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“Highest Professional Competence and Philanthropy“ – Gap Between Ability to Study and to Work

DOI: 10.3238/zfa.2016.0301-0307

Eine qualitative Studie

german translation / full article

Alexander Palant, Vivien Weiß

Keywords: personal attributes medical student professional competence qualitative content analysis physicians’ role

A Qualitative Study

Background: Patients usually expect a high level of human abilities and professional skills from their doctors. Medicine graduates on the other hand complain regularly that large parts of the knowledge imparted in their studies are no longer relevant when entering the medical profession. Instead, abilities as teamwork and communicative skills are more significant. An internal university-selection procedure offers the possibility to focus on personal characteristics of the candidates instead only on the final school grades. In this context, a survey of department heads was conducted to analyze, which personal attitudes and skills a medical student should possess and what “being a good doctor” means for the interviewed.

Methods: As part of the reform of internal selection procedure, all department directors of Göttingen University Medical Center should participate in the process and were invited by the vice-dean to answer two questions in written form: 1) what personal characteristics are needed to successfully study medicine? 2) in your opinion, what makes a “good doctor”? The statements were evaluated according to the concept of „summary qualitative content analysis“ by an inter-professional research team.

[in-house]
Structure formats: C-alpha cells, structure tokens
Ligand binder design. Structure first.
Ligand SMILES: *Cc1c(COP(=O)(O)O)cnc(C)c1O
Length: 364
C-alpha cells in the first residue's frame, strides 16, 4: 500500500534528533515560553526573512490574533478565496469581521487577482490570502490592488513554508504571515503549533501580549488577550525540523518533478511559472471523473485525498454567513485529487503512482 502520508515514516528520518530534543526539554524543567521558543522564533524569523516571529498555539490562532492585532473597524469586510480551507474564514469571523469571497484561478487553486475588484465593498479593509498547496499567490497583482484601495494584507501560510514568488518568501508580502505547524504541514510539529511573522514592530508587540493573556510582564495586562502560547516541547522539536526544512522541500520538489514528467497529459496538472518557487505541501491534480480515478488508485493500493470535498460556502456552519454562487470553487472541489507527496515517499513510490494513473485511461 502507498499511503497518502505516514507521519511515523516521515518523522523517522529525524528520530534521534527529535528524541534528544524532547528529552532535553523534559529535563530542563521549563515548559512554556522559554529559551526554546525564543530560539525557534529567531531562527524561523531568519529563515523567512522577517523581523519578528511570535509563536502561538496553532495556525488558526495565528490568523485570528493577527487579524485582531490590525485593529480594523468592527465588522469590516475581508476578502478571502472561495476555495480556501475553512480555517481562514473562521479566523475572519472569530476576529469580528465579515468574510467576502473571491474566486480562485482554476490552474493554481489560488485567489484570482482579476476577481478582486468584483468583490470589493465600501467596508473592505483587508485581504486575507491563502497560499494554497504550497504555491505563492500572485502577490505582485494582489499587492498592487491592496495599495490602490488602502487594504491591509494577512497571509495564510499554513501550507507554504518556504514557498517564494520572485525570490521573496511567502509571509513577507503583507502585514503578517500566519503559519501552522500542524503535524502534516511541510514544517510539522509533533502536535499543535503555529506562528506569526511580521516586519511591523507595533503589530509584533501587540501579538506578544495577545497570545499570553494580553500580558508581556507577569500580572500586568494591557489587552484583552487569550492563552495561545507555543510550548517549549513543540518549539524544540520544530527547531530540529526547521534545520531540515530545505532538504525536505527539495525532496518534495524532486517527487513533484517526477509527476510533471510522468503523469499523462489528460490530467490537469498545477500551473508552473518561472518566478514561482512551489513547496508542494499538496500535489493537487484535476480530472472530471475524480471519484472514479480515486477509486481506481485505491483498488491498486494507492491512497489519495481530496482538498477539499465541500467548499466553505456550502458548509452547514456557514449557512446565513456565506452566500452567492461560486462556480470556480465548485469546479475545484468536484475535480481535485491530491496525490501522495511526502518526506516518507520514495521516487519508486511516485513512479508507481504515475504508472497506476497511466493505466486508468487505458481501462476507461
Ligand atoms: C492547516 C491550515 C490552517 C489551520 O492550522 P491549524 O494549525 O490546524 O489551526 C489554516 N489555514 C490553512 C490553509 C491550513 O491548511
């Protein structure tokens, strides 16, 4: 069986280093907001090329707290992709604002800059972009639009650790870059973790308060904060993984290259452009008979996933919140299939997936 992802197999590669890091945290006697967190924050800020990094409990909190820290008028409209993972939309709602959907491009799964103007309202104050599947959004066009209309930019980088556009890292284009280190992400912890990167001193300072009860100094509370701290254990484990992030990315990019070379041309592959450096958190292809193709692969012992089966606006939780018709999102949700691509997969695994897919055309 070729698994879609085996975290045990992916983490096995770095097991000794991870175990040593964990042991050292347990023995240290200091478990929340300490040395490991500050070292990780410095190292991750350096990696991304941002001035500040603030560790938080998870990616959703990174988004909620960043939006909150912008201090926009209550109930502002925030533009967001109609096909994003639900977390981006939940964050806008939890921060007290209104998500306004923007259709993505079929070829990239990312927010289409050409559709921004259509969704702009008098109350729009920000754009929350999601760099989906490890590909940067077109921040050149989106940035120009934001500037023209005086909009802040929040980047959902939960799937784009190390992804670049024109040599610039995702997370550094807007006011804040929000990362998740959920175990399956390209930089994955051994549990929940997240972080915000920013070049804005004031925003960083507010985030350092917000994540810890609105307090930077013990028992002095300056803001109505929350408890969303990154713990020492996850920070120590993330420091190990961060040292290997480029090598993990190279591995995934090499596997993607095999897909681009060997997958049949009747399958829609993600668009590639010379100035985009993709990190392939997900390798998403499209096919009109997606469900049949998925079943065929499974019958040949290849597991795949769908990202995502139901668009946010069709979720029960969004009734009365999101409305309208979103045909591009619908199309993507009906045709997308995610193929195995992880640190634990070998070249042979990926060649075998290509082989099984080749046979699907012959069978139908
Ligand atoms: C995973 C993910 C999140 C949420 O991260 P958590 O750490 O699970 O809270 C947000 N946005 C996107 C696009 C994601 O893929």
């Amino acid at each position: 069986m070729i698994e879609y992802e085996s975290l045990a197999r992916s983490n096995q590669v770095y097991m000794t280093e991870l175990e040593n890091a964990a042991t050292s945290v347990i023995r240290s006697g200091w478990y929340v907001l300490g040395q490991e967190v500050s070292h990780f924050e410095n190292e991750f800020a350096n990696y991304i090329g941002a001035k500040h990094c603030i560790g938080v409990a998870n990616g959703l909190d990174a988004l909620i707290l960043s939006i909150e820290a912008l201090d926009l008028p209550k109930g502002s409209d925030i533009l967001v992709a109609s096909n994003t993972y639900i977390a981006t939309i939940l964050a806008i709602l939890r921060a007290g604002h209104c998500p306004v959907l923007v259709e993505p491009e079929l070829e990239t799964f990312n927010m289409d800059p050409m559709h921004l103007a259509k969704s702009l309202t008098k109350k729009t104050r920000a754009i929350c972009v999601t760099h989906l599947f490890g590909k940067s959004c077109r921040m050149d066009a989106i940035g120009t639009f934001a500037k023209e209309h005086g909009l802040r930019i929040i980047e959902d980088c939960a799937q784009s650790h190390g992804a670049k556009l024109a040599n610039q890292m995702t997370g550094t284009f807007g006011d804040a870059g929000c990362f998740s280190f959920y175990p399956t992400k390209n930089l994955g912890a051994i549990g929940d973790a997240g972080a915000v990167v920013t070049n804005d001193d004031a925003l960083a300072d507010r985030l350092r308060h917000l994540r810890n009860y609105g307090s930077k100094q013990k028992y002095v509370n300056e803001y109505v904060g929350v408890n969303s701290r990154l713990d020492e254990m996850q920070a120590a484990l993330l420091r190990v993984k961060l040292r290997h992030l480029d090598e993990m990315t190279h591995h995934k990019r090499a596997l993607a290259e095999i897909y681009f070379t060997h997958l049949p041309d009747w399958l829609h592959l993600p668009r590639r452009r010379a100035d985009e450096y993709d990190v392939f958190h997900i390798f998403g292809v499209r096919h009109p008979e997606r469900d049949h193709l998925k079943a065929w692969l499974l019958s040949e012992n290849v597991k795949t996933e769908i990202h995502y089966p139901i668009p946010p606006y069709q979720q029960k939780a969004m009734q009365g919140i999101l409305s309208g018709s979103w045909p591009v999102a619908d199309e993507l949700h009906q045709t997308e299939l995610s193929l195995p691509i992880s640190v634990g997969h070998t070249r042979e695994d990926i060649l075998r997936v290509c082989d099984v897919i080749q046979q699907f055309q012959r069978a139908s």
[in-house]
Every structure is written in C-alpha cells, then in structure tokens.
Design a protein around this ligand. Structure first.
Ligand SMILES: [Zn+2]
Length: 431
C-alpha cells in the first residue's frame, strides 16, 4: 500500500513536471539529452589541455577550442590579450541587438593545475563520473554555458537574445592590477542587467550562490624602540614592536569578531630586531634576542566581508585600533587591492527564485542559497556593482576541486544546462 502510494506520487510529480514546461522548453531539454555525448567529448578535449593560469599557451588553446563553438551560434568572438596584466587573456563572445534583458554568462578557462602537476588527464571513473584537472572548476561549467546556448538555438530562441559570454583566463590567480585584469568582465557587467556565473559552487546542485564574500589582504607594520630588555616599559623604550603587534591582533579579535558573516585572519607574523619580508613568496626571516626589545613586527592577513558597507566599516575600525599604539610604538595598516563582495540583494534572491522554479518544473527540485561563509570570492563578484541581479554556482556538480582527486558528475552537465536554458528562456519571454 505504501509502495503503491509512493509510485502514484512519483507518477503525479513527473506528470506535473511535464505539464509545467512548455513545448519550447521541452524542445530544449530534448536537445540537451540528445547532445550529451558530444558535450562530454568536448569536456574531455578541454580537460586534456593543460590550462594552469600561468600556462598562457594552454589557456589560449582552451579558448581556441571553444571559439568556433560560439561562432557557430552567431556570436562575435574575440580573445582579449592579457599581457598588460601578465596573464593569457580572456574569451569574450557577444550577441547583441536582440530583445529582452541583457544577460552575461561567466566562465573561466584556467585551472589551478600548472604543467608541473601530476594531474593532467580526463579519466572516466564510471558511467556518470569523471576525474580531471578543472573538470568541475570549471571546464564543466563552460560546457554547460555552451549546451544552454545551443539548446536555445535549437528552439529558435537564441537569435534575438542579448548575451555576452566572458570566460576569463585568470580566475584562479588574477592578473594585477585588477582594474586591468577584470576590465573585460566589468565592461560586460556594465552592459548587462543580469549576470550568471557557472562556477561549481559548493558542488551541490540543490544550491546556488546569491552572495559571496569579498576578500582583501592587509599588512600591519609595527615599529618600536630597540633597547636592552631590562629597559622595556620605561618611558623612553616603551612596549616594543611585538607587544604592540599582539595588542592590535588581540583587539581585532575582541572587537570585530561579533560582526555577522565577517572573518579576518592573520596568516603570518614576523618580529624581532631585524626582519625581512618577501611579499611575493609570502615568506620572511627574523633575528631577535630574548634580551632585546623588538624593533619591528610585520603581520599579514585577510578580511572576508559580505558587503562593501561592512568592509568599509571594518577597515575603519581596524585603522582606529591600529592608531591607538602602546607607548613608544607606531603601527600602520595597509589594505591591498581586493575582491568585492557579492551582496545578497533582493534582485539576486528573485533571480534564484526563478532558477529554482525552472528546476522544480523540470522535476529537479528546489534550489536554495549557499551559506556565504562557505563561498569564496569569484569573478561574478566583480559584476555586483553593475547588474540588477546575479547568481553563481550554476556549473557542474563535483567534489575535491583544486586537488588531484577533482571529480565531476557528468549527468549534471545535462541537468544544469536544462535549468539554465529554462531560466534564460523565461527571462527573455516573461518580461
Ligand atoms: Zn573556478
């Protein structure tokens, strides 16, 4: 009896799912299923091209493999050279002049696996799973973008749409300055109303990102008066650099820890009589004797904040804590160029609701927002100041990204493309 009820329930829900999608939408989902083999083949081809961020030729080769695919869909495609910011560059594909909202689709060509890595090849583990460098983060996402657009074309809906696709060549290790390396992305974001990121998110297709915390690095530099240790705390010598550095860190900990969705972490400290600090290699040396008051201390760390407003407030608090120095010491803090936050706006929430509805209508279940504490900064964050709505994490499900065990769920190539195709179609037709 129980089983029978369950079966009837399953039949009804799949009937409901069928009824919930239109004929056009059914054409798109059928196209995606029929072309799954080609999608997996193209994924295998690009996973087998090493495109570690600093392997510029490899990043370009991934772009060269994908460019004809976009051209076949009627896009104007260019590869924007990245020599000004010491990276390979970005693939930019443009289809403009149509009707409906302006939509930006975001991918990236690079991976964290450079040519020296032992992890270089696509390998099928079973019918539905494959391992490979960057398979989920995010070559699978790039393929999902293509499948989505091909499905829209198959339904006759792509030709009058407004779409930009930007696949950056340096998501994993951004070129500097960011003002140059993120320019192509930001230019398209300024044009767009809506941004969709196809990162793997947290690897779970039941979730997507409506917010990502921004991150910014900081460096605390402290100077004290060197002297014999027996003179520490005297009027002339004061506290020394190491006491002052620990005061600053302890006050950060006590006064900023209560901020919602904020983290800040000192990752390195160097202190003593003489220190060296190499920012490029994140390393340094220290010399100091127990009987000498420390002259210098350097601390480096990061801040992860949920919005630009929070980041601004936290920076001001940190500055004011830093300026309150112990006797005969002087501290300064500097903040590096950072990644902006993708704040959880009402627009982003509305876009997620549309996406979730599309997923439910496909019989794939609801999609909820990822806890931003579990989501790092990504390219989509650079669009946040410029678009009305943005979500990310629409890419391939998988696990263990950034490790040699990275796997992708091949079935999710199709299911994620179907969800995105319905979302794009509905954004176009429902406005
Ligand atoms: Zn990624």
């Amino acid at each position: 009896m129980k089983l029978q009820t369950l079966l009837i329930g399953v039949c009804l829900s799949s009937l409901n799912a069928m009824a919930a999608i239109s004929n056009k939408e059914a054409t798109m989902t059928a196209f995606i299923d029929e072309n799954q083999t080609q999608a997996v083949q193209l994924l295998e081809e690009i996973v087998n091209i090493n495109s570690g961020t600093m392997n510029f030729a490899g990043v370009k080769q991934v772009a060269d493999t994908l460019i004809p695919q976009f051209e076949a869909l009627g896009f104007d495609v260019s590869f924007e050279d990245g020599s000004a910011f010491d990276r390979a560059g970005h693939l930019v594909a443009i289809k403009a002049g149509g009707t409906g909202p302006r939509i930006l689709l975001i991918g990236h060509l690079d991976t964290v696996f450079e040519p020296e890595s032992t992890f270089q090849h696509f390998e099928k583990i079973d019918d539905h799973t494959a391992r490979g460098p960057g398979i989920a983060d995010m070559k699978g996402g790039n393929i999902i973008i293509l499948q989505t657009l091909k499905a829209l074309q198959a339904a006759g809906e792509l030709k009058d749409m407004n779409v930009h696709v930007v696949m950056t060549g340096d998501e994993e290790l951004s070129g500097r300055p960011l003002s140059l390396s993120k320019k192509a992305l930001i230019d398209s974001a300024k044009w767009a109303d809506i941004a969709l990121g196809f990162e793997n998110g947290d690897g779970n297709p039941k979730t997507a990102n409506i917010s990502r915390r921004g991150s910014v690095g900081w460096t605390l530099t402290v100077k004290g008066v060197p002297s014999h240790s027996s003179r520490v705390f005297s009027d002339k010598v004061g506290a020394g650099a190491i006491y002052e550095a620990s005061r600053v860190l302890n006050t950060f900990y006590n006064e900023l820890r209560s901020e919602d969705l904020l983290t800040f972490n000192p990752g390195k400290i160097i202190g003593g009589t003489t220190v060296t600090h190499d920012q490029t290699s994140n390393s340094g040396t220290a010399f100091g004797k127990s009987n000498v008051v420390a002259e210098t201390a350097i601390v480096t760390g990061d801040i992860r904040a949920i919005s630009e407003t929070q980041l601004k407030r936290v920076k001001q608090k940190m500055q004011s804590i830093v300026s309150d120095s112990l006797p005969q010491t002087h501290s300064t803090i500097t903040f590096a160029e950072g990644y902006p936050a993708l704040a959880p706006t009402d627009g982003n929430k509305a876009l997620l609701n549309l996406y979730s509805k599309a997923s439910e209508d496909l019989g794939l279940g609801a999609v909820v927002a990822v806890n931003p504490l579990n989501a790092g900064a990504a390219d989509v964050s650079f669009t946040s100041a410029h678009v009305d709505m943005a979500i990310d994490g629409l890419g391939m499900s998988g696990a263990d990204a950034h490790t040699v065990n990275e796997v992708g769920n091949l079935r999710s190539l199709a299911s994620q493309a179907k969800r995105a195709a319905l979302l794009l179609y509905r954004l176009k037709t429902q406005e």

Results: The response rate was 50 %. We found significant discrepancies between statements about the “ideal student” and the “ideal doctor”. The medical profession was usually characterized by high idealistic attributes such as „comprehensive empathy and philanthropy“ and „high level of medical expertise“. Students were expected to be „above average efficient, hardworking and resistant“ and have a „very good memory and ability to think in a structured way“. A small overlap was found in the categories of „resilience“, „intelligence“ and „integrity”.

Conclusions: The discrepancy should lead us to focus on social and communicative skills in our admission procedure. The medical curriculum in Göttingen should again be reflected.


(State: 15.07.2016)

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